Disney buys a $1 billion stake in MLB’s streaming media division

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Walt Disney announced yesterday that it will pay a $1 billion to purchase a 33% stake in BAMTech, which is the streaming media unit created by Major League Baseball. ESPN will use BAMTech’s streaming platform to launch a new digital service, separate from its cable channels, that will air baseball, basketball and college football games that don’t appear on the regular ESPN networks. There will be no additional broadcast rights purchased by ESPN. Rather, it will be more about airing secondary and less popular matchups of the sports for which it already owns the rights.

From ESPN’s perspective, this represents a way to deal with cord cutters, who have cut their subscriptions to cable companies and who have cut into Disney’s revenues, which are driven tremendously by ESPN. For Major League Baseball this is obviously a huge cash infusion. One which will allow it to spin off BAMTech from MLB Advanced Media, which is where it is currently housed. MLBAM is, of course, its own spinoff of sorts from Major League Baseball itself.

In 1995, baseball’s total revenues were about $1.4 billion. That was for everything: gate, merchandise, broadcasting beer, hot dogs, you name it. In 2016 baseball got nearly that much for a minority share in a side business that didn’t even exist until a few years ago. Financially speaking, the game is doing pretty well.

No lease extension, but Orioles and governor tout partnership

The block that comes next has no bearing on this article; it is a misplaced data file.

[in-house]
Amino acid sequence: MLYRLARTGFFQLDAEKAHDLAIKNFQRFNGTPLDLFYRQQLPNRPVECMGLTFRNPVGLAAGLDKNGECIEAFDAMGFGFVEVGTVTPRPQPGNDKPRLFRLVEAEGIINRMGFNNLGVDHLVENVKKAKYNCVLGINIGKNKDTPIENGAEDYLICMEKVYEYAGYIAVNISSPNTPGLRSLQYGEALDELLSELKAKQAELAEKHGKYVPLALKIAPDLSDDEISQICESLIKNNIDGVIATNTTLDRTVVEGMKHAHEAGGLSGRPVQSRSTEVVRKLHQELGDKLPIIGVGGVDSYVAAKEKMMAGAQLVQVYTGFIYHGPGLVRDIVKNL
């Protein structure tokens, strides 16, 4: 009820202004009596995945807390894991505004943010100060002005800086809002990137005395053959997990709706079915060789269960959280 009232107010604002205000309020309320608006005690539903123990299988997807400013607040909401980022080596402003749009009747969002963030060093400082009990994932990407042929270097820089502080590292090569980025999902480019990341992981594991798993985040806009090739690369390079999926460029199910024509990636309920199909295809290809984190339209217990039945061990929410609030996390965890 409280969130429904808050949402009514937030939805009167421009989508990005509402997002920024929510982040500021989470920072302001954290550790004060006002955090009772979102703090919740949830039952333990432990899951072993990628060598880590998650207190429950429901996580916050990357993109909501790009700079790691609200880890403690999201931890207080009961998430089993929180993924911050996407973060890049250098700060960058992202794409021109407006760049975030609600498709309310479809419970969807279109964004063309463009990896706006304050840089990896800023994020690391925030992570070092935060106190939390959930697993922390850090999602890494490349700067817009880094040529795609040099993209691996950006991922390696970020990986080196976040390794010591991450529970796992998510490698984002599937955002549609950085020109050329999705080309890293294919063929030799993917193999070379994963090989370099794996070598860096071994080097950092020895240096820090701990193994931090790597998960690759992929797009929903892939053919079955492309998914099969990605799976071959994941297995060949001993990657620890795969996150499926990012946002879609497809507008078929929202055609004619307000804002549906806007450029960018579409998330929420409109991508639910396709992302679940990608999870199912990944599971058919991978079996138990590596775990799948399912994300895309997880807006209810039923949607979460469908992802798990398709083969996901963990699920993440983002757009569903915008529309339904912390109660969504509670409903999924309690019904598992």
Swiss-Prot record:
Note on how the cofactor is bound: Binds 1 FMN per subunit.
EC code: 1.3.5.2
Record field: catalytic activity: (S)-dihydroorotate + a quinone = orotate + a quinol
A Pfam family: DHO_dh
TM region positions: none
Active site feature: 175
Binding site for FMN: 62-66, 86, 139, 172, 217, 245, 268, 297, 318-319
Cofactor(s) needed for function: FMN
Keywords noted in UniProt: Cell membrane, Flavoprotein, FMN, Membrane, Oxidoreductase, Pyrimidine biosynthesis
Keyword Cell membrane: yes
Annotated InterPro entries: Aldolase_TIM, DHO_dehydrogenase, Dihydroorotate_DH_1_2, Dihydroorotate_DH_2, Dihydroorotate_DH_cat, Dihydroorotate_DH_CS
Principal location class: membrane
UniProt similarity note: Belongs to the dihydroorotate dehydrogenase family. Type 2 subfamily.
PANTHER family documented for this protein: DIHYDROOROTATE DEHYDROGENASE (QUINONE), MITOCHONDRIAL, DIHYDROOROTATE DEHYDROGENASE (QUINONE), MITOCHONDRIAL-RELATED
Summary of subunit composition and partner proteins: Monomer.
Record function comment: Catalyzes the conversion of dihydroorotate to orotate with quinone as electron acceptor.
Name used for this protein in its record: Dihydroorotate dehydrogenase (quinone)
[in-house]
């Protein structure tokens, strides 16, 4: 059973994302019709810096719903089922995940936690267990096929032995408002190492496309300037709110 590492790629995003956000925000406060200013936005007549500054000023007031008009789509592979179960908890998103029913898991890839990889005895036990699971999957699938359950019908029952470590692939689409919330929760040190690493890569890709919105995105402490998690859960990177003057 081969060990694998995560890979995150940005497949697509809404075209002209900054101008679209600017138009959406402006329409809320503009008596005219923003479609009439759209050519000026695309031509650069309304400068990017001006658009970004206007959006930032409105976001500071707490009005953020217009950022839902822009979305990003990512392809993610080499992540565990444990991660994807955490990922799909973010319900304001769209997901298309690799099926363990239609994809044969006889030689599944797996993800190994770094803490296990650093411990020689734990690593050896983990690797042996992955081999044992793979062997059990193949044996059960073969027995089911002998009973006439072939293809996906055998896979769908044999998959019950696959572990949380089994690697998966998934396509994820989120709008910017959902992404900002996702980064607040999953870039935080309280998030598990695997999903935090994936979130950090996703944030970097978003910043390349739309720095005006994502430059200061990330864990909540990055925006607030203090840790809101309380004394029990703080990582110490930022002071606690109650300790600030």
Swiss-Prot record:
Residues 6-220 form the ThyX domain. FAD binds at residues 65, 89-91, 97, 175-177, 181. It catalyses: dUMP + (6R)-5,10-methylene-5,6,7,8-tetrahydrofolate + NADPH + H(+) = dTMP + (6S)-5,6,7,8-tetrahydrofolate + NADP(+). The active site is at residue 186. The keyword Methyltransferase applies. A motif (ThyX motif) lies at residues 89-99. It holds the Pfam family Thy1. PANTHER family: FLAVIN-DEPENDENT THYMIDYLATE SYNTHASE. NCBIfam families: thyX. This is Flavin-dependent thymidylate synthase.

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The Baltimore Orioles and Maryland Gov. Wes Moore announced a joint commitment to what they called a “multi-decade, public-private partnership” to revitalize the Camden Yards sports complex.

The statement from the team and the state’s new governor came Wednesday, the deadline for the Orioles to exercise a one-time, five-year extension to their lease at Camden Yards. The team was not planning to exercise that option, according to a person with knowledge of the decision. The person spoke to The Associated Press on condition of anonymity because the club hadn’t announced its decision.

With no extension, the lease is set to expire at the end of this year, but the team and the Maryland Stadium Authority can keep negotiating. Wednesday’s joint release seemed to be an attempt to calm any nerves in Baltimore about the team’s future.

“I am looking forward to continuing to collaborate with Governor Moore, his administration, and the Maryland Stadium Authority in order to bring to Baltimore the modern, sustainable, and electrifying sports and entertainment destination the state of Maryland deserves,” Orioles CEO John Angelos said.

“We greatly appreciate Governor Moore’s vision and commitment as we seize the tremendous opportunity to redefine the paradigm of what a Major League Baseball venue represents and thereby revitalize downtown Baltimore. It is my hope and expectation that, together with Governor Moore and the new members and new chairman of the MSA board, we can again fully realize the potential of Camden Yards to serve as a catalyst for Baltimore’s second renaissance.”

Republican Larry Hogan, the state’s previous governor, signed a bill last year increasing bond authorization for M&T Bank Stadium, home of the Baltimore Ravens, and Camden Yards. The measure allowed borrowing of up to $600 million for each stadium.

“When Camden Yards opened 30 years ago, the Baltimore Orioles revolutionized baseball and set the bar for the fan experience,” Moore, a Democrat, said Wednesday. “We share the commitment of the Orioles organization to ensuring that the team is playing in a world-class facility at Camden Yards for decades to come and are excited to advance our public-private partnership.”

Angelos recently reaffirmed that the Orioles would stay in Baltimore, although he dressed down a reporter who asked for more clarity on the future of the team’s ownership situation. Angelos was sued last year by his brother Lou, who claimed John Angelos seized control of the Orioles at his expense.